M Short Stories, Irish literature, Classics, Modern Fiction and Contemporary Literary Fiction, The Japanese Novel and post Colonial Asian Fiction are some of my Literary Interests

de classics, modern fiction,
We



Friday, September 28, 2012

Don Quixote by Miguel de Cervantes

Don Quixote by Miguel de Cervantes (1605 and 1615, 940 pages, translated by Edith Grossman, 2002)



Don Quixote by Miguel de Cervantes (1547 to 1616) is the most influential novel ever written.   Harold Bloom in his introduction says it is the greatest novel ever written.  I have never read a book I enjoyed more than this or one that moved me more deeply.    On the covers of the paperback edition there are quotes from great writers of the modern era like Mann and Nabokov suggesting all novels since DQ was published are its descendants.

When I started The Reading Life in July 2009 I planned to make it mainly about literary works that focus on the lives of people who lead reading, in part at least, centered lives.  I had a list of fifty books in mind.  I got distracted and the rest is history but  with Don Quixote I am happy to return to my origins.   There is no better novel about the reading life than this one and there just might not be a better one period.

The "big question" is what does the quest of  Don Quixote mean?    Everyone will have their own answer but it is a question that cannot be avoided by anyone with a real interest in world culture or the history of the novel.      It is one of the cornerstones of world culture, not just the Spanish speaking world.  

I am having a hard time articulating why I love this book so much.     To be interested in the novel and not reading Don Quixote is pretty much like being interested in English drama and never having read Shakespeare.   (He and Cervantes both died on the same day.)

To me there is something profoundly amazing about reading a book started in prison more than four centuries ago and seeing it relate directly to your own life.   When I told my wife I was reading a famous book about a man driven crazy by reading too much it was all she could do not to say, "Oh, just like you".

To my readers, I would say read DQ as young as you can so you can read it over and over as you age and advance in your reading.  

There is magic in this book, powerful old magic and magic as new as it comes.  

I will restrain from saying the first modern novel, is the best one ever written but it is for sure the most influential one.   It is also just great fun to read.    Some people do not like the numerous stories within a story Cervantes uses, Clifton Fadiman, who listed the book in his A Lifetime Reading Plan, says to skip these stories.  OK some are a bit longish but do not skip them.  

I do not know if Grossman's translation is a good one, the experts say it is a great, but I know the prose in this work is marvelous.   I also like her footnotes, they are at the bottom on the page and give us just the information you need.  DQ is also a great account of Spain in the early 1600s.    I read a bit of another new translation (in the edition by John Rutherford from Penguin Books) and it felt musty and that is one of the very last words I would use to describe the book.   I disliked that translation so much (somehow I ended up with two different translations on my book shelves for the last several years) that I left it in a public place with a note saying "free book".  I will keep the Grossman translation forever.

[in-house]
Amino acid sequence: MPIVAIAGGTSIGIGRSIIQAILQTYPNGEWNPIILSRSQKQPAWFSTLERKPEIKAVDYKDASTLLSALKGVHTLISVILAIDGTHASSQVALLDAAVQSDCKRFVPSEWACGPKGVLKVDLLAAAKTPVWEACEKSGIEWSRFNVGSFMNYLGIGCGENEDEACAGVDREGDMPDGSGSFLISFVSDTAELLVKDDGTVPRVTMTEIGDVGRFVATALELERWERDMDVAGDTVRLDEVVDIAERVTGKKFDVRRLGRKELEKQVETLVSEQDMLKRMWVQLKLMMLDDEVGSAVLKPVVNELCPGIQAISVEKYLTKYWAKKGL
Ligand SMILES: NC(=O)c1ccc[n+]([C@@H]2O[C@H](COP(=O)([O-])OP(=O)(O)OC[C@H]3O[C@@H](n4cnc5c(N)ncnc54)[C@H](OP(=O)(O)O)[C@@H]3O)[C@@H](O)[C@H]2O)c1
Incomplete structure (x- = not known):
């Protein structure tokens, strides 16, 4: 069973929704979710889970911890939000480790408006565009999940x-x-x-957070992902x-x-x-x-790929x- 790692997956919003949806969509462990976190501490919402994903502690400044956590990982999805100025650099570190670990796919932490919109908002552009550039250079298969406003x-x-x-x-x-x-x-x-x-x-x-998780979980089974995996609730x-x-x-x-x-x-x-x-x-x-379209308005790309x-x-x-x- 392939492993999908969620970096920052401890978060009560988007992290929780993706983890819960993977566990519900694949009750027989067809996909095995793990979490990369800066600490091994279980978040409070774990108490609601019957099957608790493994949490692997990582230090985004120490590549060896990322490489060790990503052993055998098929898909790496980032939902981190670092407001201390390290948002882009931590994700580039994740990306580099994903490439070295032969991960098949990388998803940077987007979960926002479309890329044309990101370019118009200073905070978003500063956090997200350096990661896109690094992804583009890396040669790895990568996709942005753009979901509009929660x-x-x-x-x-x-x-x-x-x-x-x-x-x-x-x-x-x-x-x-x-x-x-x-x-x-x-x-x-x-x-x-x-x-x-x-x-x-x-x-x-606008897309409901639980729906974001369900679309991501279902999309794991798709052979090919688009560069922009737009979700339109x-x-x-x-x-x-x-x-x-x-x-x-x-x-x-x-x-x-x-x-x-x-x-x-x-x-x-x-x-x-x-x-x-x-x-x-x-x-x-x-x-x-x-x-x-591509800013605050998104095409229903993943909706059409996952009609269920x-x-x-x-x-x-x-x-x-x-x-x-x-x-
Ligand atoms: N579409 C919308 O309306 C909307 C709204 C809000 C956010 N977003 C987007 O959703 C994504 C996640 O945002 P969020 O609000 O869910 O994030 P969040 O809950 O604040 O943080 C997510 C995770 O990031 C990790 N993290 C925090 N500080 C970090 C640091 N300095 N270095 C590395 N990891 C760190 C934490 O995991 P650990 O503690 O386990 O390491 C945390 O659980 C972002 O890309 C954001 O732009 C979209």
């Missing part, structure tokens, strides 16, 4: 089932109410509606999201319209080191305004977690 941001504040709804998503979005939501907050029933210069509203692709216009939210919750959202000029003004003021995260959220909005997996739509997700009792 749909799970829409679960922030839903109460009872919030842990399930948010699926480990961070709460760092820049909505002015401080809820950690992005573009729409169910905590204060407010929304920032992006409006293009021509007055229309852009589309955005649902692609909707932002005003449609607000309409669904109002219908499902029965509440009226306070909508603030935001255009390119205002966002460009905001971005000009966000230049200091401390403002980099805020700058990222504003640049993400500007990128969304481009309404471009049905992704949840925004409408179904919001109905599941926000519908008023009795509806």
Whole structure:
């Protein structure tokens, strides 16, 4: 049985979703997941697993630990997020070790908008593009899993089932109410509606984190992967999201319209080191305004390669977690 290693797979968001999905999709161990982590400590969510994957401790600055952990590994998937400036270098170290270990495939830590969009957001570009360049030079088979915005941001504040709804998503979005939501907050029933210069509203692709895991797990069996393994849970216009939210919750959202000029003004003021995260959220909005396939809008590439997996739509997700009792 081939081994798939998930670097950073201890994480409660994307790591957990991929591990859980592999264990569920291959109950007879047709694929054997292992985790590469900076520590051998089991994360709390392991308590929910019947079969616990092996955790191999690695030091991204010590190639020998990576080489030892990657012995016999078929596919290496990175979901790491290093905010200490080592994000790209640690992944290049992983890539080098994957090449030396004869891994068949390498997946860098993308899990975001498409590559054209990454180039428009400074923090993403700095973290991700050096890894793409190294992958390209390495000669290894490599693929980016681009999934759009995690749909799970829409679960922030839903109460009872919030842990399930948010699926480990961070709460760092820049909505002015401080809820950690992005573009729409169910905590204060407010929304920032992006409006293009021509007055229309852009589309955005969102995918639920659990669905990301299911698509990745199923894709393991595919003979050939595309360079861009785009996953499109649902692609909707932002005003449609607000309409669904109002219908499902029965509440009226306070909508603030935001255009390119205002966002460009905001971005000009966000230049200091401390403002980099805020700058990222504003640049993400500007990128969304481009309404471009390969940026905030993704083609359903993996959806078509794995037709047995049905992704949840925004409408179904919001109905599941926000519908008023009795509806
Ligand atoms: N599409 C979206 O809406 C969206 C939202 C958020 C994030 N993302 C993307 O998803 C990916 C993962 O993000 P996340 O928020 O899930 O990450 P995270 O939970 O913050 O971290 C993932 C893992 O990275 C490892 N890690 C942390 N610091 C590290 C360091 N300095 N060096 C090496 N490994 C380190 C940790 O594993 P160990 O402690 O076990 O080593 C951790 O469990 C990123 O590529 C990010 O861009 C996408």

I will say I prefer as a general rule reading on my IPAD to reading books but in the case of Don Quixote I am glad to have read it in book format and I like seeing it on the shelves.  I hope to read it again a year from now.  

Do not let any notions of not letting "the canon" being crammed down your reading throat keep you   from experiencing this book.    I could see it being read 1000 years from now in other galaxies as the best of the human race's literature.This is not a staid, boring literature majors only book.  It is not a "hard book".  

Ok enough ranting.  I love this book and I hope you will try it.      One of many the wonderful things about  DQ is how the conversations between Don Quixote and Sancho change them.  

Please share your experience with Don Quixote with us.  If you do not want to read it, tell us why.  

Mel u




5 comments:

Peter S. said...

Oooohhhh! I have the same edition! I haven't gotten to reading it though. I feel that I would need a really long weekend for this.

Bookworm1858 said...

I read an abridged version for school some years ago and was surprised by how much fun it was! I don't remember the translation but it was very enjoyable. I definitely need to read the full book at some point.

I really like your point about needing to be familiar with this novel if you are interested in the history of the novel.

Parrish Lantern said...

This is a fantastic Novel & one that everyone who hasn't read it thinks is serious & yet is funny, very funny

Biblibio said...

I guess I was fairly lucky to have read the book in my early teens! Definitely a book to treasure and return to, and like you say, definitely not a "hard book". Wonderful stuff.

Zaira Lynn said...

My husband spent a couple of years in Spain and one of the treasures he brought home was "Don Quixote. Of course I've never read it because it is in Spanish.

Zaira Lynn (Best Software Downloads)